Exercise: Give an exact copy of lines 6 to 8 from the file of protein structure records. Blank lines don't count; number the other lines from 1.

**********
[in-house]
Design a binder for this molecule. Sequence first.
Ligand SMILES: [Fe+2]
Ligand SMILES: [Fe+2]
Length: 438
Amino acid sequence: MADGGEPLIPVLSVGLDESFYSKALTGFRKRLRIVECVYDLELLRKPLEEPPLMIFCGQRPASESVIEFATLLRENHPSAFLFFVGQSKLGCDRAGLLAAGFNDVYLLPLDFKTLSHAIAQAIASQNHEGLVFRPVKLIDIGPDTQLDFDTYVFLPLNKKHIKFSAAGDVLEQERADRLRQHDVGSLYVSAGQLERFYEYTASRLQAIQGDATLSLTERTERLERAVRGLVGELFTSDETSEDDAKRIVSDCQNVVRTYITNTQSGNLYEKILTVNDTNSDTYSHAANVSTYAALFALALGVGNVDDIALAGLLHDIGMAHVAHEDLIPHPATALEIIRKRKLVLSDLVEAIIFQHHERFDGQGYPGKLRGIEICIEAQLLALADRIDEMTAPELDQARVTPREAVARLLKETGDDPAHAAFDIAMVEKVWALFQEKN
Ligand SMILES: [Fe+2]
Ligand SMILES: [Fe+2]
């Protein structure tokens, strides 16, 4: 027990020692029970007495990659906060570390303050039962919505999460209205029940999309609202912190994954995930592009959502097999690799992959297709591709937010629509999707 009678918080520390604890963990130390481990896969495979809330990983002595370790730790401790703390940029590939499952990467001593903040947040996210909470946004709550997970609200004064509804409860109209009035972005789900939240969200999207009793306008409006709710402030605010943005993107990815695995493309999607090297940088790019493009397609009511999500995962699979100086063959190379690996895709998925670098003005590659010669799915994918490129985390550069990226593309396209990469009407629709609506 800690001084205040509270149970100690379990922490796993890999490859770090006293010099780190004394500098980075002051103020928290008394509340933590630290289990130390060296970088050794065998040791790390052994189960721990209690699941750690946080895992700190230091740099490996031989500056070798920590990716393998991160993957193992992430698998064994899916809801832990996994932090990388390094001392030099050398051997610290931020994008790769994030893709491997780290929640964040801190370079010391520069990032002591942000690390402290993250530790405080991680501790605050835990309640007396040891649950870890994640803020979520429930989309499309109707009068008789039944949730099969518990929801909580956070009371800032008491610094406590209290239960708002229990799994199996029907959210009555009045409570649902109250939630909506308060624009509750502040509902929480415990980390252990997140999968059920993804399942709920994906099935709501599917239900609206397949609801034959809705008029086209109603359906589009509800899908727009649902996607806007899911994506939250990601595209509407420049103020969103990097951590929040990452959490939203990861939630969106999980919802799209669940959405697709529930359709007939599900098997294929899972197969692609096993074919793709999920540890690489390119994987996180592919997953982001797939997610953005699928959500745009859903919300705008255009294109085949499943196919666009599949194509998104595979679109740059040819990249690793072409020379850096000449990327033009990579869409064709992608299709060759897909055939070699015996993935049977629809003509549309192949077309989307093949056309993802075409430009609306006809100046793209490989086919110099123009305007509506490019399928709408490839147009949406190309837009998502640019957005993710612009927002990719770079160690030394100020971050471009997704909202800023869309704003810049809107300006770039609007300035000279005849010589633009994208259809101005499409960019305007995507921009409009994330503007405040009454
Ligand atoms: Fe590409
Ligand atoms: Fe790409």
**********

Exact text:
Amino acid sequence: MADGGEPLIPVLSVGLDESFYSKALTGFRKRLRIVECVYDLELLRKPLEEPPLMIFCGQRPASESVIEFATLLRENHPSAFLFFVGQSKLGCDRAGLLAAGFNDVYLLPLDFKTLSHAIAQAIASQNHEGLVFRPVKLIDIGPDTQLDFDTYVFLPLNKKHIKFSAAGDVLEQERADRLRQHDVGSLYVSAGQLERFYEYTASRLQAIQGDATLSLTERTERLERAVRGLVGELFTSDETSEDDAKRIVSDCQNVVRTYITNTQSGNLYEKILTVNDTNSDTYSHAANVSTYAALFALALGVGNVDDIALAGLLHDIGMAHVAHEDLIPHPATALEIIRKRKLVLSDLVEAIIFQHHERFDGQGYPGKLRGIEICIEAQLLALADRIDEMTAPELDQARVTPREAVARLLKETGDDPAHAAFDIAMVEKVWALFQEKN
Ligand SMILES: [Fe+2]
Ligand SMILES: [Fe+2]